1. Patients launch $1.27 million crowdfunding campaign for ME/CFS gut microbiome study.
    Check out the website, Facebook and Twitter. Join in donate and spread the word!
Nitric oxide and its possible implication in ME/CFS (Part 1 of 2)
Andrew Gladman explores the current and historic hypotheses relating to nitric oxide problems in ME/CFS. Part 1 of a 2-part series puts nitric oxide under the microscope and explores what it is, what it does and why it is so frequently discussed in the world of ME/CFS. Part 1 focuses...
Discuss the article on the Forums.

Article: Four Viruses! Alter Paper Confirms Retroviral Findings in CFS

Discussion in 'Phoenix Rising Articles' started by Phoenix Rising Team, Aug 24, 2010.

Thread Status:
Not open for further replies.
  1. Dolphin

    Dolphin Senior Member

    Messages:
    6,585
    Likes:
    5,187
    You are probably talking about XMRV/MLVs.

    But evidence that the CDC don't pick good samples are useful to dispute the findings about childhood abuse being cause (two studies), higher rate of personality disorders, current and lifetime depression, etc. On the surface, these can look like good community sample studies.
  2. V99

    V99 *****

    Messages:
    1,471
    Likes:
    1
    UK
    and the paper:
    and
    nothing to do with specific.
  3. V99

    V99 *****

    Messages:
    1,471
    Likes:
    1
    UK
    They are talking about gag gene sequences.

    Are you kidding?

    you just don't get it, do you

    Wow!!!! Both findings are likely correct. Alter has completely vindicated the WPI, what are you trying to do Cort? This is way out of order.

    I don't know if I can bear to read the rest of it. I wouldn suggest you don't bother ever again. You are doing a disservice to every patient with the disease by posting nonsense like this.

    Yes they did, here:

  4. Cort

    Cort Phoenix Rising Founder

    Messages:
    7,025
    Likes:
    435
    Raleigh, NC
    They had to use a group of patients to figure out the parameters of the Empirical definition; the patients they used were first identified as CFS patients under the Fukuda definition. Remember that those patients were identfied in 1997-2000 long before the Empirical definition was even a theory. Those were 'Fukuda' patients.

    You can't assume that they used a definition that was published in 2005 on patients whose samples were taking in 2003. That is assuming too much.

    THe CDC has always said that the ED simply operationalizes the Fukuda definition -if you agree with that then I suppose you can say they all met the Empirical definition -but that makes the difference between the two meaningless and raises the question what is all the hullaballoo about the two definitions all about. Operationalizing pf Fukudua was the goal of the ED and an international committee containing Lenny Jason signed on to that but the criteria were created by the CDC alone - and few agreed with them...The CDC's study showed that the ED bumps out some people who were classified as having CFS under the Fukuda definition and adds quite a few people who werent.
  5. V99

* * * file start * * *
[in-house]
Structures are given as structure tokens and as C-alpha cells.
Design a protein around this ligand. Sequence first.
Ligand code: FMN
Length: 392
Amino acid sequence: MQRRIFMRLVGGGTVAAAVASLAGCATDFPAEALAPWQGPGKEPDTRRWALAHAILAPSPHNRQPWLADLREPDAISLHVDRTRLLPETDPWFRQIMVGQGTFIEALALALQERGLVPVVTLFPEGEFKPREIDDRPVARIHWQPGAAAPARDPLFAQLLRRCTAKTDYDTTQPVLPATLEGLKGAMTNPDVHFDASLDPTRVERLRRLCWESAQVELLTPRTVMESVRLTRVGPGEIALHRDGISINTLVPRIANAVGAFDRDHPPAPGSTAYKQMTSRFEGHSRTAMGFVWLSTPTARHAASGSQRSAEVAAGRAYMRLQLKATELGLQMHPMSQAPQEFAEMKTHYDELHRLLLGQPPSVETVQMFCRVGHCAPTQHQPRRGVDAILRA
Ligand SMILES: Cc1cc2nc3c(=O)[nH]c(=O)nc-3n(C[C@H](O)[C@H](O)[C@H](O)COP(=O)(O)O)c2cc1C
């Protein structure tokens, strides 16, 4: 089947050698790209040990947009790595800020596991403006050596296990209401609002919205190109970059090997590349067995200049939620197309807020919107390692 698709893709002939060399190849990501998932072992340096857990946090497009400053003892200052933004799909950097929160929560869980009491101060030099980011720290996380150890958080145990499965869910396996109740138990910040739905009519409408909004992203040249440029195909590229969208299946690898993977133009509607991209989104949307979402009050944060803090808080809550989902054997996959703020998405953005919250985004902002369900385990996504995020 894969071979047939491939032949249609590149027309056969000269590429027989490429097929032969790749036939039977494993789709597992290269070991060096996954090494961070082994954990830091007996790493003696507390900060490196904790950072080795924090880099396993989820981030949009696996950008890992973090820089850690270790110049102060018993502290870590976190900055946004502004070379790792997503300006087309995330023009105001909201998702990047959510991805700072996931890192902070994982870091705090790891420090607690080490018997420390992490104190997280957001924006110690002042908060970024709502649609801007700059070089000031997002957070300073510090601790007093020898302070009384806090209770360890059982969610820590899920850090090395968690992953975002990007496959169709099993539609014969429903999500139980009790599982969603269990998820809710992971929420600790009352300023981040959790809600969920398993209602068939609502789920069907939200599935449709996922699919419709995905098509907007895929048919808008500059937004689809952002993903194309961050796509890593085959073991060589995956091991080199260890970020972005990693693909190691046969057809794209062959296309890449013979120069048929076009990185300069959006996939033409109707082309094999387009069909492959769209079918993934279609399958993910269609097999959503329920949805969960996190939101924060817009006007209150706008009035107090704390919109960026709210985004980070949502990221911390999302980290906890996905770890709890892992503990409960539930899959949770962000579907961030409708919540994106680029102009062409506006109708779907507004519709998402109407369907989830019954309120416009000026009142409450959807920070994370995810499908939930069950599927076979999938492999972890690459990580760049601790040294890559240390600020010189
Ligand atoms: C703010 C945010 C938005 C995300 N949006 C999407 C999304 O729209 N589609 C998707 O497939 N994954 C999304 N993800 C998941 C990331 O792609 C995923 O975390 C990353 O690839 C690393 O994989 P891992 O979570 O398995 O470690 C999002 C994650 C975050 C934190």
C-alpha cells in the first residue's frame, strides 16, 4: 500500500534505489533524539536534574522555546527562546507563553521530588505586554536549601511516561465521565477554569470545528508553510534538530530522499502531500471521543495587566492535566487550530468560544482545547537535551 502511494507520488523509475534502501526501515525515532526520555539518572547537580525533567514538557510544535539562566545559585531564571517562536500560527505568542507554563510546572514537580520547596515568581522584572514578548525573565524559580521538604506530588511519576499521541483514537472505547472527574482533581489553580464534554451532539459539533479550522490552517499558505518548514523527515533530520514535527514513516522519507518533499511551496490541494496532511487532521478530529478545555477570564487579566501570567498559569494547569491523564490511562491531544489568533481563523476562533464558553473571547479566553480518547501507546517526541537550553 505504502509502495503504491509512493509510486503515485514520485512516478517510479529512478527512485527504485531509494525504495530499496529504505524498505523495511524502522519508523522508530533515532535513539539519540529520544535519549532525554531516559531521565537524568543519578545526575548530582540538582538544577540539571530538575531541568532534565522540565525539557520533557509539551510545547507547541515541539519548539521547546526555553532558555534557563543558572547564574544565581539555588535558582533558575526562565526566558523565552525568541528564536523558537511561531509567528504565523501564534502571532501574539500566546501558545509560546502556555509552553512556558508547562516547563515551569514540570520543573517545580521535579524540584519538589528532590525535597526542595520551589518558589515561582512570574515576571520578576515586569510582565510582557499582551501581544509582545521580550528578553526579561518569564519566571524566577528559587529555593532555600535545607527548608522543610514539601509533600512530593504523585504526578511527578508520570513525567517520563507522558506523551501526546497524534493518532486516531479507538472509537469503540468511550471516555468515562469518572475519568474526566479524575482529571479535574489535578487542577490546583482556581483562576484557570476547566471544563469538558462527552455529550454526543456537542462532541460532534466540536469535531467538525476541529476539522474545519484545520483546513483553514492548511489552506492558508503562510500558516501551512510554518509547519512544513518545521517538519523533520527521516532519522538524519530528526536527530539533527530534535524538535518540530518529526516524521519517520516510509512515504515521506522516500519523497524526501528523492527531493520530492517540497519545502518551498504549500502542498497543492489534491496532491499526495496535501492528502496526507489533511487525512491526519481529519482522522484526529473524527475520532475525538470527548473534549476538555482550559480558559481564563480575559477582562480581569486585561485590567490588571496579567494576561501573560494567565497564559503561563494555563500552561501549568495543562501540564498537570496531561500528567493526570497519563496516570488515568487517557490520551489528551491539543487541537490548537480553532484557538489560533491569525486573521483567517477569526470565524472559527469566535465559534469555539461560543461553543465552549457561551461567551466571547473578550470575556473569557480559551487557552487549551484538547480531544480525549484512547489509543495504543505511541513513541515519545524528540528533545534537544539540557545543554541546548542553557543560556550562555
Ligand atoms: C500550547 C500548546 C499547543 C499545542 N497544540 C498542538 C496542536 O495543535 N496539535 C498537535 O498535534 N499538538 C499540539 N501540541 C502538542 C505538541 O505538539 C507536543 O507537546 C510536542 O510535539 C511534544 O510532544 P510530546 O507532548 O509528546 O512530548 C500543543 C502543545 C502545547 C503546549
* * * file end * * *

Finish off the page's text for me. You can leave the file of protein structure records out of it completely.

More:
V99 *****

    Messages:
    1,471
    Likes:
    1
    UK
    They also found 4 MLV's, not 3, and even that is misleading

    That's is not accurate. I cannot find the source right now, but that makes them sound lazy. They only believed that there was no reason to delay the paper.

    This study was a big breakthrough. It demonstrates that there are most likely problems with the other studies. I'm stunned that you keep saying that they were all looking at the same genetic sequence, as if that ruled out problems with geographical distribution and mutation. Never mind the fact that none of the negative studies calibrated their tests to a known human sample.

    I would also like to see a reference to this?
  6. Cort

    Cort Phoenix Rising Founder

    Messages:
    7,025
    Likes:
    435
    Raleigh, NC
    I've contacted Dr. Mikovits to see if any errors were made - or what Andrea was referring to when she said 'much misinformation'. I looked over it - I don't really see any problems or anything that portrayed them in a negative light but I will report back.
  7. Dolphin

    Dolphin Senior Member

    Messages:
    6,585
    Likes:
    5,187
    Remember that it was not just those that those that were brought in. ISF, CFS but MDDm, ISF but MDDm, controls were brought in. One can see it in: http://www.biomedcentral.com/1741-7015/3/19/

    From what I recall, looking back, one is down to 46 people who previously had been diagnosed with CFS, only 6 of whom had CFS (normal Fukuda) by 2003. Very unlikely that the 43 they found satisfied the empiric criteria were from that group. They never claimed everyone who satisfied the empiric criteria had once satisfied the Fukuda criteria (when the Fukuda criteria are read as the "surveillance criteria).

    I'm not sure exactly what you are saying. In the empiric paper, it makes clear that the definition is derived from the patients from the Wichita 2-day study e.g.
    http://www.biomedcentral.com/1741-7015/3/19/
    and
    etc.

    Actually, I think something has been added to the Switzer paper since I read it. It makes clear now that the samples were from the Wichita end of 2002-2003 study (as I recall all the testing was in 2003 - they may have just started contacting people in Dec 2002). So now we know that they all were chosen using the empiric criteria. The only doubt was if they had used stored blood from 1997-2000.